A new analysis finds that the hands-on technique works as well as pain drugs and is safer, too
When you wrench your back, your first impulse may be to rummage through the medicine cabinet for an over-the-counter pain drug or even ask your doctor to prescribe a strong opioid painkiller such as Percocet or Vicodin.
But an analysis published April 11 in the Journal of the American Medical Association finds that spinal manipulation can ease your backache and get you moving again without the risk of medication side effects.
A new Consumer Reports survey of more than 3,500 back-pain sufferers reached similar conclusions: Nearly 90 percent of people who tried spinal manipulation found it helpful.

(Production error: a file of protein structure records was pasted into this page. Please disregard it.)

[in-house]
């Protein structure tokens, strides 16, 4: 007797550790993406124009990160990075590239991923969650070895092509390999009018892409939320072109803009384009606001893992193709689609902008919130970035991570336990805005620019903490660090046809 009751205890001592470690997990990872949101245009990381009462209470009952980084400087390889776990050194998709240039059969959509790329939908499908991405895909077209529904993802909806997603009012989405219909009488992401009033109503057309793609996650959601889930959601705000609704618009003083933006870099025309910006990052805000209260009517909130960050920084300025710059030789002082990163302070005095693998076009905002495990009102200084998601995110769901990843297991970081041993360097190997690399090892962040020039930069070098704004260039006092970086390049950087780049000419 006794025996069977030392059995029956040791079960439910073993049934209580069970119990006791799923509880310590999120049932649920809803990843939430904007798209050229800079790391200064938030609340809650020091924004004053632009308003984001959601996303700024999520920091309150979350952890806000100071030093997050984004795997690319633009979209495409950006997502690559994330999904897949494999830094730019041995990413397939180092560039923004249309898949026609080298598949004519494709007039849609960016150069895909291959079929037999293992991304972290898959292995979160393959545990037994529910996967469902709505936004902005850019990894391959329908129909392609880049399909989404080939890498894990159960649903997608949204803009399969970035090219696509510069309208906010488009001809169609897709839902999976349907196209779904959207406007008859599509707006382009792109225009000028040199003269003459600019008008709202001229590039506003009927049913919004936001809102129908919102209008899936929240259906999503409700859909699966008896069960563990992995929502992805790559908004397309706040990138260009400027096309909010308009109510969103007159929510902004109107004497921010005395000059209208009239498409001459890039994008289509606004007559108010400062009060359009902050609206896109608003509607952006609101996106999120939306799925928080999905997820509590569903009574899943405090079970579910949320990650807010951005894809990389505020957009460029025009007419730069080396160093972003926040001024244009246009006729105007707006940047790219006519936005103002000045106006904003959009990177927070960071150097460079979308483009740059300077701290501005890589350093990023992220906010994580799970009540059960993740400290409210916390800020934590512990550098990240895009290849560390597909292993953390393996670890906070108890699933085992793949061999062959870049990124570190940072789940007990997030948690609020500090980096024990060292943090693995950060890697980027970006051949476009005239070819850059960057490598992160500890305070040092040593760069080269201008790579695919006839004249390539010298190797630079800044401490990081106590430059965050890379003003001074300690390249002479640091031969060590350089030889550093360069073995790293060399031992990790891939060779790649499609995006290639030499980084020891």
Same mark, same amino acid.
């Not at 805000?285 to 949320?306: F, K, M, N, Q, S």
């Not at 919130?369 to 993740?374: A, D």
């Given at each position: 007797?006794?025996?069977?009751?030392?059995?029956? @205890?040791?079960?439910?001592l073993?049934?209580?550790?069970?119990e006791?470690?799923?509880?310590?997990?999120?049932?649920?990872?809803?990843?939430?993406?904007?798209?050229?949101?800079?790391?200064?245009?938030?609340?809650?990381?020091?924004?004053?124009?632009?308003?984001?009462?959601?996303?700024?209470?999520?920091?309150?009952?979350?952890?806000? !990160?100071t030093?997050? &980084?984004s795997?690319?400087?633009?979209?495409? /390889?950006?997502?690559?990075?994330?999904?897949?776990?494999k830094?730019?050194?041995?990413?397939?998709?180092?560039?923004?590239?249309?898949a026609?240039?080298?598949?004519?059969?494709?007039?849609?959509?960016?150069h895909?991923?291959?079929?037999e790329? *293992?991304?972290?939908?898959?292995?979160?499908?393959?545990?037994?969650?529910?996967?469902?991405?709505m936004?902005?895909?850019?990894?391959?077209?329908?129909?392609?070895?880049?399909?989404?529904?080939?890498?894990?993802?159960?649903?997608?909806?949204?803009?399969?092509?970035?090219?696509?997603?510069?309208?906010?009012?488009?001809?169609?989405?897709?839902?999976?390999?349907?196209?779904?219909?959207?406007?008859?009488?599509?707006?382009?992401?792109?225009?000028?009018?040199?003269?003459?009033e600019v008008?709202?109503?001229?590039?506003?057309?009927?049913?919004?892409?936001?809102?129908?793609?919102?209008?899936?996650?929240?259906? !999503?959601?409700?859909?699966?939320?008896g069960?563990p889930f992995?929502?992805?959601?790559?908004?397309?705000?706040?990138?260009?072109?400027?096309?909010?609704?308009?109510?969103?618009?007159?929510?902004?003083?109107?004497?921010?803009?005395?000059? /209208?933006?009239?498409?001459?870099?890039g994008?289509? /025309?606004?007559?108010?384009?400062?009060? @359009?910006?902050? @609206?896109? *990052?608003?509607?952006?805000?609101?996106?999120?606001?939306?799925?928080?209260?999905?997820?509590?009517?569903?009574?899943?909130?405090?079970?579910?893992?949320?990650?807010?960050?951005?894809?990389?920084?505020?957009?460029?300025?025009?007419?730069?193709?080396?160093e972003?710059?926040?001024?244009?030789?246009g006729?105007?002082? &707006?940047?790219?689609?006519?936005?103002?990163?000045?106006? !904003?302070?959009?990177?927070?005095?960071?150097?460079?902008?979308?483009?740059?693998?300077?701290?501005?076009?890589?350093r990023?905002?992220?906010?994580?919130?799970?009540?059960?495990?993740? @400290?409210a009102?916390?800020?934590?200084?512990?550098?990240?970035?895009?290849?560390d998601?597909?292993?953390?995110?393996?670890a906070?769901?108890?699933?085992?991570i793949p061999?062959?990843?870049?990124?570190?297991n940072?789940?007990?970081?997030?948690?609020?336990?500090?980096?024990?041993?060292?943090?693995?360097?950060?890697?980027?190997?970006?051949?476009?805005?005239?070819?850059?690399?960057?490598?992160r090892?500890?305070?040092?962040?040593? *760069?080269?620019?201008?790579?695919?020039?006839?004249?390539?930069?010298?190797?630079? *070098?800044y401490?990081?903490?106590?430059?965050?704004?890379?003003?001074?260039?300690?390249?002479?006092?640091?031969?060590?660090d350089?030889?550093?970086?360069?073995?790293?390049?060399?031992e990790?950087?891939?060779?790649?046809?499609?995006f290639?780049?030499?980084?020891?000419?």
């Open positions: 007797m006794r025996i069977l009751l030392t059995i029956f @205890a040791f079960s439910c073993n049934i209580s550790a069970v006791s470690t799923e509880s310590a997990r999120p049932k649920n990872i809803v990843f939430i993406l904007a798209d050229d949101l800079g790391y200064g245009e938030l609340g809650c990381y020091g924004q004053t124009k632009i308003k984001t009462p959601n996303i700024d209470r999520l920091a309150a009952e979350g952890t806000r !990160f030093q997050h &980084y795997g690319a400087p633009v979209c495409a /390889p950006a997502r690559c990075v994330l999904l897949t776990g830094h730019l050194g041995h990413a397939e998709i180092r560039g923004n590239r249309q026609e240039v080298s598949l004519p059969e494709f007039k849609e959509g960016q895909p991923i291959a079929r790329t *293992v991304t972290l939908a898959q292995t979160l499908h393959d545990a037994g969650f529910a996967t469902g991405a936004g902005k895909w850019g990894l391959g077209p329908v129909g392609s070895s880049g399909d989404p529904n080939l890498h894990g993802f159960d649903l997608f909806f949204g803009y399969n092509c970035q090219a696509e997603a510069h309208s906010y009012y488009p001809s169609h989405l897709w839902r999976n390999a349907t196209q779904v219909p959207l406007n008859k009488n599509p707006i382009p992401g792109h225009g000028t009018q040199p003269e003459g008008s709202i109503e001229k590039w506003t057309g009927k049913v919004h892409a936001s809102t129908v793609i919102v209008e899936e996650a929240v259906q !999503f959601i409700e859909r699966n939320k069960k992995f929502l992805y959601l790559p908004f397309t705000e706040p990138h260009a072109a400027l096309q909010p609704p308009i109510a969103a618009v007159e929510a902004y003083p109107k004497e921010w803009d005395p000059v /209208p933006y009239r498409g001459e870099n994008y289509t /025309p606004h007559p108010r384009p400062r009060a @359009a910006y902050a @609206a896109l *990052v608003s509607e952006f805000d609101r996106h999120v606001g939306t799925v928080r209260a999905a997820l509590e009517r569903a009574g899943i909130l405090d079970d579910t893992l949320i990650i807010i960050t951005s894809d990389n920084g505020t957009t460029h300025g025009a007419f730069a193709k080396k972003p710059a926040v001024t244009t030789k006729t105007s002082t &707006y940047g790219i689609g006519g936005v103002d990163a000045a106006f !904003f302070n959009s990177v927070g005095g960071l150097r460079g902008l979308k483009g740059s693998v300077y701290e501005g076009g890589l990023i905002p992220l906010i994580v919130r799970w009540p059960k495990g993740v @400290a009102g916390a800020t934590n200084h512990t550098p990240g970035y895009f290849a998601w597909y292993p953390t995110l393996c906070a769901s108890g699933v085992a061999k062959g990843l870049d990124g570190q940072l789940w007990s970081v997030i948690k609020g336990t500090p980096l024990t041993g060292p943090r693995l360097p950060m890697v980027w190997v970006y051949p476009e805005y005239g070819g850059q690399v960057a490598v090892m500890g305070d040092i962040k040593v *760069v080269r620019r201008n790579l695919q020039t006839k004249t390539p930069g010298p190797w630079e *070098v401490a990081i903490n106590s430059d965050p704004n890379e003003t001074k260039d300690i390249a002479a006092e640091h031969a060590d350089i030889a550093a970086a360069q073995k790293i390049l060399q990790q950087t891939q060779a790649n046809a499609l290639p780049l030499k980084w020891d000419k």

Spinal manipulation involves a healthcare provider applying controlled forces to the spine to improve alignment and allow the muscles and joints to move more easily. While it’s usually done by a chiropractor, some doctors of osteopathic medicine (D.O.) and physical therapists also use the technique.
For the JAMA analysis, researchers from the Department of Veterans Affairs and elsewhere combined results from 26 studies involving more than 3,000 patients with low-back pain lasting six weeks or less. Patients treated with spinal manipulation were able to move through daily activities with less pain than people who didn’t get the therapy.
On average, people treated with spinal manipulation said that their pain improved about 10 points on a 100-point scale.